These two cloud computing principles are:

  • Monitoring: Monitoring means taking a minute-by-minute view of costs as they accrue. If you don’t properly metricize your costs, then you will be surprised by the resulting bills. In fact, monitoring becomes increasingly important in a multi-vendor, multi-cloud environment.
  • Right-sizing: It’s never a good idea to have a “set it and forget it” mentality when it comes to the cloud. The activity of monitoring is just one side of a two-sided coin. The second side of the coin is to then carefully adjust your cloud computing capacity to improve performance, reduce cost and enable scalable solutions.

Adopting any hybrid cloud solution – no matter how you define it – requires a new layer of diligence and knowledge from IT pros. This is why continual cloud computing training and certification has increasingly become a trend. The most successful way to support the hybrid cloud (or any cloud implementation) involves using more than the best cloud management software. Success involves training good IT minds to use that software appropriately. We need IT pros who can evaluate that information, and then make informed, intelligent choices.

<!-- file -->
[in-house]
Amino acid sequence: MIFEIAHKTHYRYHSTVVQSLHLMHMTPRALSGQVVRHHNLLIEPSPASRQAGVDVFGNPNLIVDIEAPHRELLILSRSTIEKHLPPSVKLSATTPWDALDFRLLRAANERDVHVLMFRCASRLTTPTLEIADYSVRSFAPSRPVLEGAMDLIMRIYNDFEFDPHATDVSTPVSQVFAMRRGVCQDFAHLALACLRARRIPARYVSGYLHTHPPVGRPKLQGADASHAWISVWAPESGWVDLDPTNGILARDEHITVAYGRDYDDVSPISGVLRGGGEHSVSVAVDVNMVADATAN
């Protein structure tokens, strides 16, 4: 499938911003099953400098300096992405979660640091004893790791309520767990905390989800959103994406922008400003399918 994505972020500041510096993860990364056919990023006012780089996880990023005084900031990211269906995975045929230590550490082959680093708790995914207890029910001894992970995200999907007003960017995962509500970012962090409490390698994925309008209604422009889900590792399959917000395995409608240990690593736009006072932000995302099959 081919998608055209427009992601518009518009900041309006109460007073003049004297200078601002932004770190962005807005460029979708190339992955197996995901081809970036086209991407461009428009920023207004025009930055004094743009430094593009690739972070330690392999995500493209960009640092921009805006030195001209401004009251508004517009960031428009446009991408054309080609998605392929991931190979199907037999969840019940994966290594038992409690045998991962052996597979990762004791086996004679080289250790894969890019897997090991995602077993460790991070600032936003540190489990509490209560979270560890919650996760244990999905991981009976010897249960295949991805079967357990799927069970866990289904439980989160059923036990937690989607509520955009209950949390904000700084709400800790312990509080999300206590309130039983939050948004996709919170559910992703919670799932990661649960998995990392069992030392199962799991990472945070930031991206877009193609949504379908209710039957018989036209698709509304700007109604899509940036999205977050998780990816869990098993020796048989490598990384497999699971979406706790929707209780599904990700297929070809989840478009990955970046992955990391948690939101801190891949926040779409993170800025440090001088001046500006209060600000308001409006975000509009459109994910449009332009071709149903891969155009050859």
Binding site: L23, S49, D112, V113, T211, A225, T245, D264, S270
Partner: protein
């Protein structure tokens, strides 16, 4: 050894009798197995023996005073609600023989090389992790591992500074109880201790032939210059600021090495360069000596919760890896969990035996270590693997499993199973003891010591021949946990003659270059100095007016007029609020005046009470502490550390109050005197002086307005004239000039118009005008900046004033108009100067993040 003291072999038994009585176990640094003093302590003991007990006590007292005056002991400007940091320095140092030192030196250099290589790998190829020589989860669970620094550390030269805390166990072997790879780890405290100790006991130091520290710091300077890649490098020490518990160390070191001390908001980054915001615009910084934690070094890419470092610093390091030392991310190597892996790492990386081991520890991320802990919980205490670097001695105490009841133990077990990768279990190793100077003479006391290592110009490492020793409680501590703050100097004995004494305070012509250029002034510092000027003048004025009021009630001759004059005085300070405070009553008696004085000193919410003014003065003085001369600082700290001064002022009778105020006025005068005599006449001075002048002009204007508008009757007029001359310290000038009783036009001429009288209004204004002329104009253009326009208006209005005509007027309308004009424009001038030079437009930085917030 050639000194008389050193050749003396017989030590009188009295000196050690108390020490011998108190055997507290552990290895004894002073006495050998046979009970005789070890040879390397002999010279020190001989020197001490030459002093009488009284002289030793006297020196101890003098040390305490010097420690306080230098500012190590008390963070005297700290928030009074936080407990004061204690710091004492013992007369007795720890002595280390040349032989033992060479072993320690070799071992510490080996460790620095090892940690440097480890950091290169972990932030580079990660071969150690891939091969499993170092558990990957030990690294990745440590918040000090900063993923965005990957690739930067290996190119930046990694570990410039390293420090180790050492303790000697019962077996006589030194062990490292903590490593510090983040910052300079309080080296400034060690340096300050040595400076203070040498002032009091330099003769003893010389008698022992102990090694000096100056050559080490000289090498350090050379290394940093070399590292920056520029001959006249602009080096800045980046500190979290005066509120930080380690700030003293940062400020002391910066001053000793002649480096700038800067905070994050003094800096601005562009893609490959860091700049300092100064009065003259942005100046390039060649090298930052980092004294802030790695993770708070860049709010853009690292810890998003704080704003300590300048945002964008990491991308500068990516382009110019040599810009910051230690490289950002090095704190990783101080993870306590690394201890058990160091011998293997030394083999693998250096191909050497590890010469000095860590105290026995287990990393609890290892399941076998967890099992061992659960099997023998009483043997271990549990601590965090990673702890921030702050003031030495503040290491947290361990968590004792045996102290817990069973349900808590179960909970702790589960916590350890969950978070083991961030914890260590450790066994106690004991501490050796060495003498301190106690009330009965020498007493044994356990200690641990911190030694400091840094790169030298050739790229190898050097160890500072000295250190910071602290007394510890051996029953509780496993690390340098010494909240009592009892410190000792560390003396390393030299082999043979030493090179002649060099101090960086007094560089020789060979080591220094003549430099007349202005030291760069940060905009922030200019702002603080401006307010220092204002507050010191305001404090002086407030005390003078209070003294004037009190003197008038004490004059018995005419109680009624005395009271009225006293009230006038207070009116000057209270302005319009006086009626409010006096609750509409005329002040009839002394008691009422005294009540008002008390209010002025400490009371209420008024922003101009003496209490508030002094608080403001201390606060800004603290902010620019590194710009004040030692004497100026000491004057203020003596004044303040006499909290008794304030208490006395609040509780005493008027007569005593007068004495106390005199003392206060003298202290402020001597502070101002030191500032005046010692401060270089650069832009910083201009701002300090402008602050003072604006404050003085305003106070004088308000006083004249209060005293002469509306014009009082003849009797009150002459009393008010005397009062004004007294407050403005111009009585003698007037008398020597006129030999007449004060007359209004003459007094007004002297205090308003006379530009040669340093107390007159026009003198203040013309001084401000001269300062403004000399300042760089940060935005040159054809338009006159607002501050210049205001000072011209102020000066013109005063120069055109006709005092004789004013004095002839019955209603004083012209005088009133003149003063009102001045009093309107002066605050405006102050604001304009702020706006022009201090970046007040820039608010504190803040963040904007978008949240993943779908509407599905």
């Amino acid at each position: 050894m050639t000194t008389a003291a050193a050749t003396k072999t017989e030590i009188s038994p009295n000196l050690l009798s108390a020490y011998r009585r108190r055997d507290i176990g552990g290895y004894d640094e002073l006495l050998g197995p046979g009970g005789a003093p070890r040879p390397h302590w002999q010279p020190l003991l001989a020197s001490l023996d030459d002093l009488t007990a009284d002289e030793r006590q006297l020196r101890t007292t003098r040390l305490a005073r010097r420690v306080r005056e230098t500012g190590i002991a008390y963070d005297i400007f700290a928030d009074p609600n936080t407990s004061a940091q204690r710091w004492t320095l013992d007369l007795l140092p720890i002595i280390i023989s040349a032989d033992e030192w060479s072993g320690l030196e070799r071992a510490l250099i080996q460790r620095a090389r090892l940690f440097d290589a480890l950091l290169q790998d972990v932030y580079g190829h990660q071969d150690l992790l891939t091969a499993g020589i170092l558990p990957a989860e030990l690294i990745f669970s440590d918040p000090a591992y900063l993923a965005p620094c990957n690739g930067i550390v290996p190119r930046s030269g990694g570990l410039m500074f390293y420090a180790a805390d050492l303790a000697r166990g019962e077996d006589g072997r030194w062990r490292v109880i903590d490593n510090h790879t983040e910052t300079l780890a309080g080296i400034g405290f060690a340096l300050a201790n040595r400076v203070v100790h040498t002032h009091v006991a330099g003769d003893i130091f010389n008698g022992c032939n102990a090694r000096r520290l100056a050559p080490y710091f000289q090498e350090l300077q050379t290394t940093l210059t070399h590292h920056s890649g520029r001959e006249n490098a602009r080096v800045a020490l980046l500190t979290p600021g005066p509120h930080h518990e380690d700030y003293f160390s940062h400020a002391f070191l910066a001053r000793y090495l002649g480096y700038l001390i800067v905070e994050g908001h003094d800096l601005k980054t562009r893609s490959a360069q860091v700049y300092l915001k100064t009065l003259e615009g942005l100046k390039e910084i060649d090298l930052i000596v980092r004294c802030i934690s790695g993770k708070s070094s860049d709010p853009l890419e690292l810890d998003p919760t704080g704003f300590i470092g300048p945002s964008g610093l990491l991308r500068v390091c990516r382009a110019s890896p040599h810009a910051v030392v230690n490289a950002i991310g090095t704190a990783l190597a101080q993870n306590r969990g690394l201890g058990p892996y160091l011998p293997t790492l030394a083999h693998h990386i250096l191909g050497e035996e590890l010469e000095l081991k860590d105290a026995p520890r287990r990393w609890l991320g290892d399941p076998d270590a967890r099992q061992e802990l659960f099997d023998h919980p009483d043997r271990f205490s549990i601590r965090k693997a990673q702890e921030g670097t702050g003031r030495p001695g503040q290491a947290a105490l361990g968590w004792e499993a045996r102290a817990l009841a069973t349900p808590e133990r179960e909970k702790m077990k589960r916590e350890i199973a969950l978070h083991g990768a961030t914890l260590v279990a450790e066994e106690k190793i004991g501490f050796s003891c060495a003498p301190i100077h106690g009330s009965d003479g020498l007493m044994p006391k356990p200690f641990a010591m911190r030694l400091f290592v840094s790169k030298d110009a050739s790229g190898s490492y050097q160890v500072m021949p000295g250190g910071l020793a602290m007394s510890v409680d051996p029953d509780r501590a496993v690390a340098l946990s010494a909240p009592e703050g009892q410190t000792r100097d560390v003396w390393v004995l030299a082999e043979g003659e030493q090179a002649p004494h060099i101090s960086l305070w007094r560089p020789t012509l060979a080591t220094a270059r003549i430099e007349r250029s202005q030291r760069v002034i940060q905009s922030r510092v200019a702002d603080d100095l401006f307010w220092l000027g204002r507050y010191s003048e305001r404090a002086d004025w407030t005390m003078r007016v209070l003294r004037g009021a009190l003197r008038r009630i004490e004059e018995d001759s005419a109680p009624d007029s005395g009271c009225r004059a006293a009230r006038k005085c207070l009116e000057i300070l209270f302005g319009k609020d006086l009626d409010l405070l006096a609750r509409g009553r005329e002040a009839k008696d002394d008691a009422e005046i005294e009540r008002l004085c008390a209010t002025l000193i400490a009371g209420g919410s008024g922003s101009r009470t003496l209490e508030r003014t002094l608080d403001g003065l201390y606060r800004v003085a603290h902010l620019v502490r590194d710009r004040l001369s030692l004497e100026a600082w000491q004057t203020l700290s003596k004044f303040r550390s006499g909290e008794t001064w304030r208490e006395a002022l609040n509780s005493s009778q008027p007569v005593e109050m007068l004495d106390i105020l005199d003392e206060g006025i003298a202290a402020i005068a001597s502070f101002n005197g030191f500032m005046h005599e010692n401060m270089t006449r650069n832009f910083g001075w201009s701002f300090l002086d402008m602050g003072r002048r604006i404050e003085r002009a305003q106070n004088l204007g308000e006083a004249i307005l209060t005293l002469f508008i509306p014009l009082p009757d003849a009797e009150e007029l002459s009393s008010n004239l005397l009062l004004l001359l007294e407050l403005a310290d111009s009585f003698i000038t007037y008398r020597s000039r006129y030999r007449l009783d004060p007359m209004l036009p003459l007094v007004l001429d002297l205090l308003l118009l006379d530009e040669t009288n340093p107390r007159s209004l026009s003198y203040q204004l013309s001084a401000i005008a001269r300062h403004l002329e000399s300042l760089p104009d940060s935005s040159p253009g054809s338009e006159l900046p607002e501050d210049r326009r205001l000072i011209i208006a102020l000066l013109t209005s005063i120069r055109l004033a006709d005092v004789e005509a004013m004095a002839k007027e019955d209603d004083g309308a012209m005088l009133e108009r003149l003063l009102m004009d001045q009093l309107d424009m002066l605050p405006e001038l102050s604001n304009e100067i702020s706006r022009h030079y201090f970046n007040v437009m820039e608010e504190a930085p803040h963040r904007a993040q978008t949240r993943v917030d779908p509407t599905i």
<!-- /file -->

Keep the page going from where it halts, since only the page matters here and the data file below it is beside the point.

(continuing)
The CompTIA Cloud+ (CV0-003) certification covers topics including hybrid cloud, multi-cloud, monitoring and right-sizing. It will be available this summer, but you can download the exam objectives now for free to start studying.